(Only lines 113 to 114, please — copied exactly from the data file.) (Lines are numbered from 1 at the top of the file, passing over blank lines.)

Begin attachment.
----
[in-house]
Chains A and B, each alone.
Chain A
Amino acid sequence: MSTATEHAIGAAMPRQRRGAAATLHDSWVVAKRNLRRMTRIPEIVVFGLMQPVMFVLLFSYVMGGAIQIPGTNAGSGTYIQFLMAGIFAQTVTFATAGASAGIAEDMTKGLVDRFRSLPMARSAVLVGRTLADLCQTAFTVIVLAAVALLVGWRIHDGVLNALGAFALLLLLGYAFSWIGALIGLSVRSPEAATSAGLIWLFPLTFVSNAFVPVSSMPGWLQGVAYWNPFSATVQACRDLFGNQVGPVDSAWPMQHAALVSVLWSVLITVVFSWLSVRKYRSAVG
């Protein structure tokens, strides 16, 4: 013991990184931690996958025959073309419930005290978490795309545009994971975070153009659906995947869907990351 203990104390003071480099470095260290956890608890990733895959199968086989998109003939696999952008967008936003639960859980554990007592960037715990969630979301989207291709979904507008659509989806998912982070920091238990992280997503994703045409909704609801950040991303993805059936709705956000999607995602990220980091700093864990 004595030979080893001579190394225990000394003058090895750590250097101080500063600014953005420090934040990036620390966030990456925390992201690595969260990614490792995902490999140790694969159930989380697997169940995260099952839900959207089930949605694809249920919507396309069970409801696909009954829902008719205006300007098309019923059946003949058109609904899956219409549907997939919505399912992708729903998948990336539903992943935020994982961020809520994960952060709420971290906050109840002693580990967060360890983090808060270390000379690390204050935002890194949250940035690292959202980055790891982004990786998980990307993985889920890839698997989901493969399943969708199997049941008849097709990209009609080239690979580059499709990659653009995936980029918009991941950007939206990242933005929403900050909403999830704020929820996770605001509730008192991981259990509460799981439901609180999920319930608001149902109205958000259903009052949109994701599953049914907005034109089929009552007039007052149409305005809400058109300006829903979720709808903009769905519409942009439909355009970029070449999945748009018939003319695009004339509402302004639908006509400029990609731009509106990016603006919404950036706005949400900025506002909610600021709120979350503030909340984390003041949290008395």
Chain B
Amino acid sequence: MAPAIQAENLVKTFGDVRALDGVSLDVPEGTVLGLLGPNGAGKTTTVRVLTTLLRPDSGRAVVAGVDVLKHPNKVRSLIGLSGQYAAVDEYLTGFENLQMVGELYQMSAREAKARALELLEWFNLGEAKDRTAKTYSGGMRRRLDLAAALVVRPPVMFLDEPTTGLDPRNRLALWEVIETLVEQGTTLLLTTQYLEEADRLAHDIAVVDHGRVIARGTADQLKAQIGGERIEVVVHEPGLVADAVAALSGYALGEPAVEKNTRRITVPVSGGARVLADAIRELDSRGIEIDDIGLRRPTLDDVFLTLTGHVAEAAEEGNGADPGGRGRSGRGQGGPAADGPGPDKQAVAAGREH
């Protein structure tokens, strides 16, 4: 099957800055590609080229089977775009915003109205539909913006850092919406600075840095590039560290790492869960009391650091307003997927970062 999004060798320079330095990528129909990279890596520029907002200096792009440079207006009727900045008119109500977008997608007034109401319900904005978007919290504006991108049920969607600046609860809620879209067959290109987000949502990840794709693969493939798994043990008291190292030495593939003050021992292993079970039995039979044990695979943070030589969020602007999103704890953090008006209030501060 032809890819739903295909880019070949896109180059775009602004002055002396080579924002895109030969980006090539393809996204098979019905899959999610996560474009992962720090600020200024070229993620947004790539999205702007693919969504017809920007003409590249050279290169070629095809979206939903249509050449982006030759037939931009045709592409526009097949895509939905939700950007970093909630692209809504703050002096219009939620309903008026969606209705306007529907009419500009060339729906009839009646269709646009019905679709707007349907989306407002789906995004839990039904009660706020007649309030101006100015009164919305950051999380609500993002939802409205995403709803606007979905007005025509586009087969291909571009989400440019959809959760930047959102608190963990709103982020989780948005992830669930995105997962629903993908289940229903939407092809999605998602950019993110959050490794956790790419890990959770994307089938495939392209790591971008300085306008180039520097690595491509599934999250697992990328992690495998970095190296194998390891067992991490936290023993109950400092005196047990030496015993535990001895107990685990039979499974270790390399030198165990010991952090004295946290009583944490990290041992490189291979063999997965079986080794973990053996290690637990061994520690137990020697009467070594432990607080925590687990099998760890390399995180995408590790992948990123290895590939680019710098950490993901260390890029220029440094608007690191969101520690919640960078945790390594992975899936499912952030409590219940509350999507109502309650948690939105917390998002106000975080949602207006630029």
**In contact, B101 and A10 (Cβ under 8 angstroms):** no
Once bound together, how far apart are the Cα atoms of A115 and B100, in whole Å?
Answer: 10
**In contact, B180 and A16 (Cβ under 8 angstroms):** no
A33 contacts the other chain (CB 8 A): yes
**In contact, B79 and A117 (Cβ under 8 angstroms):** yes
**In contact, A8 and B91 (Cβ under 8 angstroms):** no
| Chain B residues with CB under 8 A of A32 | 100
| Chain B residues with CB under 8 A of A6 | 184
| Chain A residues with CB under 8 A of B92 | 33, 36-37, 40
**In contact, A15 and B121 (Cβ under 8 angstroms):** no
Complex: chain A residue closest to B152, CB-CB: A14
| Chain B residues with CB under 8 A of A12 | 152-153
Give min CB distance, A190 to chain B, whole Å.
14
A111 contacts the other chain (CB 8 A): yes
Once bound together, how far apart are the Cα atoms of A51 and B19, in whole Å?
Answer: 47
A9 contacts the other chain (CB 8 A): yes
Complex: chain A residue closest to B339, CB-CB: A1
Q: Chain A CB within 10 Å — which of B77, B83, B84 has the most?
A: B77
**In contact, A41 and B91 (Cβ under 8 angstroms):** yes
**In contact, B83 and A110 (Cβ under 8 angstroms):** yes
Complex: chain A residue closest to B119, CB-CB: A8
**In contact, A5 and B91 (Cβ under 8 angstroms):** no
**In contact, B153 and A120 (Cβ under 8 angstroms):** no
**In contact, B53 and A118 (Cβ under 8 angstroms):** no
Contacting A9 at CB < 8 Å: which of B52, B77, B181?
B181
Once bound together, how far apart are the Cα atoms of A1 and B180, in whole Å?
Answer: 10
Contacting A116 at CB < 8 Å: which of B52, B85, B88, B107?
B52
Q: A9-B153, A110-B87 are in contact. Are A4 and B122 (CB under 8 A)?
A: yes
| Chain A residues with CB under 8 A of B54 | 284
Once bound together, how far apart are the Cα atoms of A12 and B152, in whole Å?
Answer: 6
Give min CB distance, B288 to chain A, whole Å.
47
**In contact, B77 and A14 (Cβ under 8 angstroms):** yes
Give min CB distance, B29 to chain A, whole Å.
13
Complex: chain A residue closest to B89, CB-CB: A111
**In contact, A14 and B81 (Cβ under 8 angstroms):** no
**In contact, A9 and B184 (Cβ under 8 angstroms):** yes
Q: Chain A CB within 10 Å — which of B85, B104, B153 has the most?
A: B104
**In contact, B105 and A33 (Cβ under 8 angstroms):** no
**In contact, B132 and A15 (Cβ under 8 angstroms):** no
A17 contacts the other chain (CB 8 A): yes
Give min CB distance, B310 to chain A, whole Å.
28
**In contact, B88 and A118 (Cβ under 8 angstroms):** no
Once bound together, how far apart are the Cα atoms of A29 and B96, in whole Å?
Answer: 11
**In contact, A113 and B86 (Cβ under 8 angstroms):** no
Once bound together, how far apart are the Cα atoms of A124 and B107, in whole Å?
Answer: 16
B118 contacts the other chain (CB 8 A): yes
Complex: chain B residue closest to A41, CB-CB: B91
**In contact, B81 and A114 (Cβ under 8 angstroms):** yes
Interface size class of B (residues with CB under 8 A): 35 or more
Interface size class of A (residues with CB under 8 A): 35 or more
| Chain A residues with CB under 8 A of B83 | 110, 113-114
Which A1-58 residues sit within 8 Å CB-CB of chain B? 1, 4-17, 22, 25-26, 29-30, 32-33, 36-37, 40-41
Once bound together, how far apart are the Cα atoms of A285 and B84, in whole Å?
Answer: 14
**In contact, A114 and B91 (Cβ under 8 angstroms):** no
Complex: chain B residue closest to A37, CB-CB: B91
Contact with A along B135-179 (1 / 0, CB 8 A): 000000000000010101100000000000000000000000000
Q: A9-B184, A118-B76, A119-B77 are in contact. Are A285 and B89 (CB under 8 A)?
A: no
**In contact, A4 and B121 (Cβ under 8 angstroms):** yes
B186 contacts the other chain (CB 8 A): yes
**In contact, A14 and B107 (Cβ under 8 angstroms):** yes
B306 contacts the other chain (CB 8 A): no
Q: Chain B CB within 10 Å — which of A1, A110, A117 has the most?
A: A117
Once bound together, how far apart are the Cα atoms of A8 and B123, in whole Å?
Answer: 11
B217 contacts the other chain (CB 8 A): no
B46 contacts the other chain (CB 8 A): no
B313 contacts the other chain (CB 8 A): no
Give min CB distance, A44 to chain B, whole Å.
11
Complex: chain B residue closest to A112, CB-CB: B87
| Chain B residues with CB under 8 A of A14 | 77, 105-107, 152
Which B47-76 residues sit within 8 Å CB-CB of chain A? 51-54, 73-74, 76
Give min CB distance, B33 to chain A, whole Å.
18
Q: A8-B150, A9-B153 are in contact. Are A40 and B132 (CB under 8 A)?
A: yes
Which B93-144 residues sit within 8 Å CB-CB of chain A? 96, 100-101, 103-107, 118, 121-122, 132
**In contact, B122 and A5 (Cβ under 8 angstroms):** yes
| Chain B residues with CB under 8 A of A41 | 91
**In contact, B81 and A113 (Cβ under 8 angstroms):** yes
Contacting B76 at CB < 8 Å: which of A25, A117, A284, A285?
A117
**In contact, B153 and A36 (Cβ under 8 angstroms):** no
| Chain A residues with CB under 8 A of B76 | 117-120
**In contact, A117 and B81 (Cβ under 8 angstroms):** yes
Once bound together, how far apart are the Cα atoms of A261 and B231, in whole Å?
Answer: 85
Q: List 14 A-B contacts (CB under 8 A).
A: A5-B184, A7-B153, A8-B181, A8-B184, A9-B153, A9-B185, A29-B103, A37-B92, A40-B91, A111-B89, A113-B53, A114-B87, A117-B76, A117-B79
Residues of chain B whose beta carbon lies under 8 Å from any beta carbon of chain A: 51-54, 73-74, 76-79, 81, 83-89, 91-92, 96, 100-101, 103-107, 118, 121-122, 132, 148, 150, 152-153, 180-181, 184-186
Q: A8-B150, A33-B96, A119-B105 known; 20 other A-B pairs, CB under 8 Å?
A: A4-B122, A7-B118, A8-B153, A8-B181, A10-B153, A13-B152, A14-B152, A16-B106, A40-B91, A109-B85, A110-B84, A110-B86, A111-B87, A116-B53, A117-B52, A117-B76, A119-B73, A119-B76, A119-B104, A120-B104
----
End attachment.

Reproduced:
Answer: 85
Q: List 14 A-B contacts (CB under 8 A).